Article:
predecessor, the NobelGuide treatment planning software, which was the first
virtual planning system based on the double-scan technique. In NobelClinician,
the clinician views the 3D data set derived from (CB)CT scan data that consist
of a series of transaxial images, orthogonally aligned to the patient’s
vertical axis and registered as one volume. By selecting slices in any plane,
data integrity is always fully preserved, as no recalculation is involved. Scan
data are stored and distributed in the standard DICOM (Digital Imaging and
Communications in Medicine) format and can be easily analyzed and shared. At this point,
prosthetic-driven implants/abutments size and location can be planned taking
into account the bone quality/quantity, soft tissue thickness, anatomical
landmarks, as well as, the type, volume and shape of the final restoration.

          Before surgery, the NobelClinician Communicator app(lication) helps dental
professionals (surgeons or surgical specialists as well as general
practitioners placing implants) to present chairside patient plans and images
exported from NobelClinician via NobelConnect, and to communicate
effectively all the diagnostic findings and discuss and explain the
proposed implant treatment plan to the patient. The application works with
NobelClinician Software, and it is designed for iPad®. The software also
allows to show clinical images, photographs, screenshots and
x-ray images, as well as, to select “educational
images” to explain different treatment options. Finally, drawing on images and
plannings to emphasize important topics is also allowed.

          In March 2017 Nobel Biocare will also launched a new
time-saving CAD/CAM-based protocol that enables clinicians to receive a screw-retained
TempShell provisional restoration from a dental laboratory in time for
placement on the day of implant surgery. The SmartSetup
software dramatically reduces the time it takes clinicians to
create a prosthetic-driven treatment plan. This plan can then be used by the
dental laboratory for the fully digital design of the cement-free TempShell
provisional restoration. Incorporating several of Nobel Biocare’s leading
digital technologies, the updated workflow has been developed not only to
shorten time-to-teeth, but to increase both treatment efficiency and acceptance
as well as further improve collaboration between dental professionals.

          The 2018 will not be less. The new DTX
Studio diagnostic software, will serve as a digital hub connecting the latest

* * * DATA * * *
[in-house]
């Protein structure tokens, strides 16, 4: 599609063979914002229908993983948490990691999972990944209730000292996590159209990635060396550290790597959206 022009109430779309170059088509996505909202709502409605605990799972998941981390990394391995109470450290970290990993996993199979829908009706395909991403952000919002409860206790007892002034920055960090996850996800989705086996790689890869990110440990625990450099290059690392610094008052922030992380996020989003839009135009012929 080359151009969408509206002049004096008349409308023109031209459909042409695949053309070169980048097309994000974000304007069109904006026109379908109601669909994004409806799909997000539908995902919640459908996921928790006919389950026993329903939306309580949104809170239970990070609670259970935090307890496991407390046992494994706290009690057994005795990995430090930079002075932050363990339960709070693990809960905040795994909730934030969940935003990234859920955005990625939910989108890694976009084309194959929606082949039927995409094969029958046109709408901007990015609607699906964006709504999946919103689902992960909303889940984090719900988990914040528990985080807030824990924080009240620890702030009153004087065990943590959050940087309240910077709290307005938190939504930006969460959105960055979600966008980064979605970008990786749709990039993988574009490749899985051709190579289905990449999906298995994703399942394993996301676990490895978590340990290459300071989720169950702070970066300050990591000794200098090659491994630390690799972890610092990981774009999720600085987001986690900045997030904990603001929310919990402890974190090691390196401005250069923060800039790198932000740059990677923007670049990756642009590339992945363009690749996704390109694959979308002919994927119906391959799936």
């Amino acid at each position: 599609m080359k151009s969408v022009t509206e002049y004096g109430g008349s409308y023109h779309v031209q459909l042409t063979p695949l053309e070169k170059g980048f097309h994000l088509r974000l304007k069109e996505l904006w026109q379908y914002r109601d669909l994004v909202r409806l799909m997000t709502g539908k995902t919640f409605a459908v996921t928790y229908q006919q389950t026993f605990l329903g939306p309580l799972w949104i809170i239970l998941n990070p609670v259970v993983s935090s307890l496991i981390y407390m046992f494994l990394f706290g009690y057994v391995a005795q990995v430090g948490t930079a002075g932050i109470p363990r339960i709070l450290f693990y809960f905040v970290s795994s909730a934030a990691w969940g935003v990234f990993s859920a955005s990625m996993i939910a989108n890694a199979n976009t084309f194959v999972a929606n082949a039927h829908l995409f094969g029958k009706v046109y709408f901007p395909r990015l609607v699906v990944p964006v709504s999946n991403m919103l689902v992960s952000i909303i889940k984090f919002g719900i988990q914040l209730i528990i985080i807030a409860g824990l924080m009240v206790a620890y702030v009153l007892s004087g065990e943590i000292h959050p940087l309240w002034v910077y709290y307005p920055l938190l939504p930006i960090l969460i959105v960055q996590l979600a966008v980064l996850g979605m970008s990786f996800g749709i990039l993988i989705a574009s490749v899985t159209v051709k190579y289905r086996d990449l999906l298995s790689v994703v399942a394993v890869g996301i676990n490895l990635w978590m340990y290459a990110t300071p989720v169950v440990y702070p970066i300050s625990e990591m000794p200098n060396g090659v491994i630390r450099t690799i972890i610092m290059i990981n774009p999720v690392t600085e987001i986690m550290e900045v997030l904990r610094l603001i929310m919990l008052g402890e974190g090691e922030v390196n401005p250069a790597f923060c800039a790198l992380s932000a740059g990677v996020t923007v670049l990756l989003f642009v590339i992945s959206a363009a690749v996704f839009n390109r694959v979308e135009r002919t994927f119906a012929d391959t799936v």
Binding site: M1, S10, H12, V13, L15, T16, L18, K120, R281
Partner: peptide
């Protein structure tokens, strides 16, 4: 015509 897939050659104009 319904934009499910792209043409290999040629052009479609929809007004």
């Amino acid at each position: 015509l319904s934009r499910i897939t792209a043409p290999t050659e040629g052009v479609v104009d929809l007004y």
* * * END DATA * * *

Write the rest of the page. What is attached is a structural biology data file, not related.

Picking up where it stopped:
Nobel Biocare and KaVo solutions for patient data digitization, diagnosis,
planning, surgery and restoration, from beginning to end. DTX Studio is
also set to offer easy access to industry-leading implants and restorative
options. By providing true, seamless links between every aspect of a dental
professional’s daily work, this smart solution aims to set a new standard in
treatment efficiency and patient care. The software easily connects any imaging
devices in dental practice, whether using 2D or 3D, introra or extraoral
technologies, allowing to view them directly in DTX studio software. The
software consists of different modules, with multiple work spaces, which can be
flexible selected according to the clinicians’ needs. The software can be simple
connected with other digital devices to easily produce surgical templates,
models and provisionals by using a 3D printing and in-lab milling, but also
production of prosthetic frameworks, full-contour restorations or surgical
template at one of our centralized production centers. In fact, users,
connecting to 3D printers, can be able to export STL files for local production
of surgical template, temporary eggshell provisionals (Tempshell) and models.
Connecting to in-lab production, users can be export files for local production
of tooth-based restorations, provisionals and models. Otherwise, Individualized
surgical templates and CAD/CAM prosthetics restorations (single- and
multiple-unit implant-based restorations, tooth—based restorations, and implant
bars for major implant platform, can be sent for industrial production with a
turnaround time of just a few days at external production facilities (milling
center) in USA or Japan.